Edward moved to Austria and stayed with friends until Wallis Simpson obtained her divorce from her former husband. On 3rd June, 1937, the couple were married at the Château de Candé in France. The new king, his younger brother, George VI, granted him the title, the Duke of Windsor. However, under pressure from the British government, the king refused to extend to the new duchess of Windsor the rank of "royal highness".
Over the next two years the couple travelled extensively in Europe including visiting Nazi Germany where they met Adolf Hitler. When France was occupied by the German Army in 1940, Edward and his wife moved to Spain. In July 1940 the couple went to live in Portugal. Soon afterwards the Federal Bureau of Investigation received confirmation that the Duke and Duchess of Windsor were being used by the Nazis to obtain secrets about the Allies. On 13th September 1940, an FBI officer sent a memo to J. Edgar Hoover that: "An agent has established conclusively that the Duchess of Windsor has recently been in touch with Joachim von Ribbentrop and was maintaining constant contact and communication with him. Because of their high official position, the duchess was obtaining a variety of information concerning the British and French official activities that she was passing on to the Germans."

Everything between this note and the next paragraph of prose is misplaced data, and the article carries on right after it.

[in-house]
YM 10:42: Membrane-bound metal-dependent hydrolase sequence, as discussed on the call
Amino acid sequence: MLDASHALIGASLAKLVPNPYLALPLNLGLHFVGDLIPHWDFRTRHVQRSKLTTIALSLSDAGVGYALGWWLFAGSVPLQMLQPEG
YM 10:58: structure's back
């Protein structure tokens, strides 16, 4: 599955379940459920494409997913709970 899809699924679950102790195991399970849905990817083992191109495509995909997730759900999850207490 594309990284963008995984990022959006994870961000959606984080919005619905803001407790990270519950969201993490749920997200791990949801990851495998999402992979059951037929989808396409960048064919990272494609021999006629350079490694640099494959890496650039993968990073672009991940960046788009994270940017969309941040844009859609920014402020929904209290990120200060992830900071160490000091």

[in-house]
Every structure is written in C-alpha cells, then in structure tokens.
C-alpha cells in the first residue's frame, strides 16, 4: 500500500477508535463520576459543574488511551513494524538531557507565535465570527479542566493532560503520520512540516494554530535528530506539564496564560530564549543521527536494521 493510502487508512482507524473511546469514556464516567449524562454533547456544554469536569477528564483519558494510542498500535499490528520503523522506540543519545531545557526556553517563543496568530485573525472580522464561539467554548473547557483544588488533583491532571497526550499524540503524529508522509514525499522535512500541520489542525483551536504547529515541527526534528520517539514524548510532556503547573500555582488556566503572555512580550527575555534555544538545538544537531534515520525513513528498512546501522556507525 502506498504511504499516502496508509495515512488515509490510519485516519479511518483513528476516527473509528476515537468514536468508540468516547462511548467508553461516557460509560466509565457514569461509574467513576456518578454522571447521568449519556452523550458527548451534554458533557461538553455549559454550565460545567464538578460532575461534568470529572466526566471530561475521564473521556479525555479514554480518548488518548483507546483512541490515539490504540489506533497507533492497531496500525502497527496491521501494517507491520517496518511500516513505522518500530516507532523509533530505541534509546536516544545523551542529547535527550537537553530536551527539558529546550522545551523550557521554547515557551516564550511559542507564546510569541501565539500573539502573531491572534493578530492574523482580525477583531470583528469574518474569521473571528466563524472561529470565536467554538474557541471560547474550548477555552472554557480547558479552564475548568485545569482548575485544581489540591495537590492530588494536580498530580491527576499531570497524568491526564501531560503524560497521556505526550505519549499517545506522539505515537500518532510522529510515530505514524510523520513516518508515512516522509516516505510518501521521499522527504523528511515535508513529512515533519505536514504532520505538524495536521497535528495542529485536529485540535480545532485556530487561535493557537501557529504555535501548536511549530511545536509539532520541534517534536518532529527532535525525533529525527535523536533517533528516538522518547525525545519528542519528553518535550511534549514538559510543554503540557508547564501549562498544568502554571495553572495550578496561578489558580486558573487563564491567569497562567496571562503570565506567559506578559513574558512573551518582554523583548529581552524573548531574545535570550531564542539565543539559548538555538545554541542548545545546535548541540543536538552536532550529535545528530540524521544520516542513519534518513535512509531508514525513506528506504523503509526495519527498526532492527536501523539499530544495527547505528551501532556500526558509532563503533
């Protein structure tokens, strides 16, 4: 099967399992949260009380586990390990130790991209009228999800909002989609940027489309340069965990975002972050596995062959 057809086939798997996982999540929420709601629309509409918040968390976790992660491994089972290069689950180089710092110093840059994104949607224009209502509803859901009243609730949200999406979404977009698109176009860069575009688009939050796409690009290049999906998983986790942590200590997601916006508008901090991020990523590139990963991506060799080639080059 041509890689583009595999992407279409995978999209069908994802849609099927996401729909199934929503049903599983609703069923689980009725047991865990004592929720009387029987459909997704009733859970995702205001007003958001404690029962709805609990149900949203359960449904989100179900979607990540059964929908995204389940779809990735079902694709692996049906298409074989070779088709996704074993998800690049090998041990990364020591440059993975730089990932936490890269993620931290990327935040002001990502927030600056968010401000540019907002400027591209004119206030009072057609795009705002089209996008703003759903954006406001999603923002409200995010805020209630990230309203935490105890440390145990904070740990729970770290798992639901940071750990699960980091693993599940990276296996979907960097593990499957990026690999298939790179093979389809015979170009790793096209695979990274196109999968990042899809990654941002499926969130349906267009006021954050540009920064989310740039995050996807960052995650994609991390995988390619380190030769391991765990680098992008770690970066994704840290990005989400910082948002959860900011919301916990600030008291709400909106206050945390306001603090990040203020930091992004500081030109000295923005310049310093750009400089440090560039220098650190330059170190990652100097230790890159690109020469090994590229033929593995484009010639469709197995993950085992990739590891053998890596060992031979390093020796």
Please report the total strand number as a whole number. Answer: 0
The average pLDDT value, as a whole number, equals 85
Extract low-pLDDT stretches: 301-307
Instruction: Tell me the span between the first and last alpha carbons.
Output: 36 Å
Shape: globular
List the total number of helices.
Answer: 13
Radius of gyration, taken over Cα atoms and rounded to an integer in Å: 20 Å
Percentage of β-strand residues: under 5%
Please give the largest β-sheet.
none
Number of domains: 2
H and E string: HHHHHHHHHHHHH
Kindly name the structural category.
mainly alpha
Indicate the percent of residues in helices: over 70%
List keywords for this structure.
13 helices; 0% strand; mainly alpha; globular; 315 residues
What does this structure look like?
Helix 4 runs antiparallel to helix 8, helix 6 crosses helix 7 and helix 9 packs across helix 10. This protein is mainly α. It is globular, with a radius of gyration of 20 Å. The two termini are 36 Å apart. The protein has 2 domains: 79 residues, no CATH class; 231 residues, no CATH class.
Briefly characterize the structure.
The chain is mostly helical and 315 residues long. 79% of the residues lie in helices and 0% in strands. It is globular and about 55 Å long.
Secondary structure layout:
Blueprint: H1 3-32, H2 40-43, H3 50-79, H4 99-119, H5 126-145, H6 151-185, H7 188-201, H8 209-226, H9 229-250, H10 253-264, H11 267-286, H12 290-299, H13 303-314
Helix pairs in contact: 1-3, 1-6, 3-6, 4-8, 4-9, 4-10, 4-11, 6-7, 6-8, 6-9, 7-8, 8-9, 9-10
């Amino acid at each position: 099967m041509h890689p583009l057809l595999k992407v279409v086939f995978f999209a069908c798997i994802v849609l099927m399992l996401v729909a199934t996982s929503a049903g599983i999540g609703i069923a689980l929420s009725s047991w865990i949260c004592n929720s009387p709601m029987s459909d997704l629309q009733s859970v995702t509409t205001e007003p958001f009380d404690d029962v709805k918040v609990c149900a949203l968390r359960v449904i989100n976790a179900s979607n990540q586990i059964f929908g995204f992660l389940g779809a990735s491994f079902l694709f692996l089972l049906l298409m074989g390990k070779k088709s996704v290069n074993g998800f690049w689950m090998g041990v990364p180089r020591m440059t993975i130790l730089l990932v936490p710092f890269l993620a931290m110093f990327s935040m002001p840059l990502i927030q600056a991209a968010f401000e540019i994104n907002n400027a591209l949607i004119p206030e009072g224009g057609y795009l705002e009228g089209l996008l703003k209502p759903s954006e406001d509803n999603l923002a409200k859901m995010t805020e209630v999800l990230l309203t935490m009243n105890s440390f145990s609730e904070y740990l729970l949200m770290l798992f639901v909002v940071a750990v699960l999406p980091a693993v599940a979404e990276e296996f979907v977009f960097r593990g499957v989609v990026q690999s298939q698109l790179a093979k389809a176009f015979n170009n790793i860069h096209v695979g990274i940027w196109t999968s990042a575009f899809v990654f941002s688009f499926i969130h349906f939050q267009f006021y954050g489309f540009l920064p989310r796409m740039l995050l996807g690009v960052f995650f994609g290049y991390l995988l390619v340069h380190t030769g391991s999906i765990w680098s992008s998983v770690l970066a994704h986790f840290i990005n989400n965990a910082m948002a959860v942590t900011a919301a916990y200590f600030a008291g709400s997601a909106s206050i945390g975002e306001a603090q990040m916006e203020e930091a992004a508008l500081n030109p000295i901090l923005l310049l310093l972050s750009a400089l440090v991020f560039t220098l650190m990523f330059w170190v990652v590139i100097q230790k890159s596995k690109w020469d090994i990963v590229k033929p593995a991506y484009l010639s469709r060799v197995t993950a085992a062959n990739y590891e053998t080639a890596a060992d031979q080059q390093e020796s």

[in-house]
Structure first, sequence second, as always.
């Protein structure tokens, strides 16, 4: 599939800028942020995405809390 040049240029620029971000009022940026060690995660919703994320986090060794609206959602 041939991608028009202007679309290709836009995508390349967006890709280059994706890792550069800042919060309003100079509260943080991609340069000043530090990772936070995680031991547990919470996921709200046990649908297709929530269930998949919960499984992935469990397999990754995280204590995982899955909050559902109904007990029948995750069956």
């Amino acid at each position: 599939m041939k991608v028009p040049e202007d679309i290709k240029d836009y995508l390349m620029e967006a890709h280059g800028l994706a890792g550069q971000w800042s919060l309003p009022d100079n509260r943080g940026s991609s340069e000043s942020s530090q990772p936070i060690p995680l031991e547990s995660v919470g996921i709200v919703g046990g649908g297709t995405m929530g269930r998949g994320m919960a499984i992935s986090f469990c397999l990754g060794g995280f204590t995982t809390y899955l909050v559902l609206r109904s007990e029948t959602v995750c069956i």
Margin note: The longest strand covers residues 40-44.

The British government also discovered that Adolf Hitler planned to make Edward the puppet king of the United Kingdom if the Germans won the Second World War. When he heard the news, Winston Churchill, the British prime minister, arranged for the Duke of Windsor to leave Europe and become the governor of the Bahamas.
After the war the Duke and Duchess of Windsor lived in France. It was claimed that she remain promiscuous and had an affair with Jimmy Donahue, the grandson of the multimillionaire stores owner, F. W. Woolworth.
Wallis Simpson's autobiography, The Heart has its Reasons was published in 1956. After the Duke of Windsor, died in Paris on 28th May, 1972, Wallis continued to live in France. The Duchess of Windsor died on 24th April, 1986 and was buried alongside Edward in the royal burial ground at Windsor.